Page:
I would step through that scent on the way
to nowhere, adder’s tooth
and cullet in the grass, my body
to April rain;
chancing my luck, at large in the summer heat,
I crossed into the shadows, where a boy
could sing himself to sleep and wake up
naked and abandoned, scarred with touch
and full of voices that were not his own,
his mouth a bruise, all memory a blur,
and everything he knew of House and Home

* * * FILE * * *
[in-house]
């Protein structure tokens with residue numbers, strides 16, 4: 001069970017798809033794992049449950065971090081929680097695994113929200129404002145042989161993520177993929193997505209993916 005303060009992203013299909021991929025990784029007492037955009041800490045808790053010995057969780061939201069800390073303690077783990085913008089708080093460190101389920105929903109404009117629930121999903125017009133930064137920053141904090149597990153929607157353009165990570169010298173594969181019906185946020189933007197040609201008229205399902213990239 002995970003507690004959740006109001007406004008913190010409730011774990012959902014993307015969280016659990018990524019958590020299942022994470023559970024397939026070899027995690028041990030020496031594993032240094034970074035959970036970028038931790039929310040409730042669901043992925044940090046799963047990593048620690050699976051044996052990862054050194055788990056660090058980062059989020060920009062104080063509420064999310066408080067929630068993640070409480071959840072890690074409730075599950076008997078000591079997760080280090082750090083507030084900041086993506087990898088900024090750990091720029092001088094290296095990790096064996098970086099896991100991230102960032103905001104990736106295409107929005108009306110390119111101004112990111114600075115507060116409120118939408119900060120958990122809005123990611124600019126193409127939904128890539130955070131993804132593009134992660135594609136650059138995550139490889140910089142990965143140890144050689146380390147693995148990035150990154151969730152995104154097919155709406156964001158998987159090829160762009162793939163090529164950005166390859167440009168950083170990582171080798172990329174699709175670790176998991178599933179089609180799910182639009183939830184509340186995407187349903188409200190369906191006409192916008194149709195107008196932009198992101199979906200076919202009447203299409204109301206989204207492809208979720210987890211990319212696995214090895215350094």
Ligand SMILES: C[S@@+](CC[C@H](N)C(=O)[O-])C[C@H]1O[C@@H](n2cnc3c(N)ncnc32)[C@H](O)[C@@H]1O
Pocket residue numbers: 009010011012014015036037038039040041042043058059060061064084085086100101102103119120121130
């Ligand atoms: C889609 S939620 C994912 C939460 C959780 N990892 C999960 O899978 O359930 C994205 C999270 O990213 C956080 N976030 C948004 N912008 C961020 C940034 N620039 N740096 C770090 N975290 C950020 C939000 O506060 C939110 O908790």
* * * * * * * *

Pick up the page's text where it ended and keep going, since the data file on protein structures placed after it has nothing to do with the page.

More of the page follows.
abandoned to the greenwood
like a snare.
John Burnside is a Scottish author and the New Statesman’s nature columnist. His latest collection of poems, “Learning to Sleep” (Jonathan Cape), will be published on 5 August.
This article appears in the 07 Jul 2021 issue of the New Statesman, The baby bust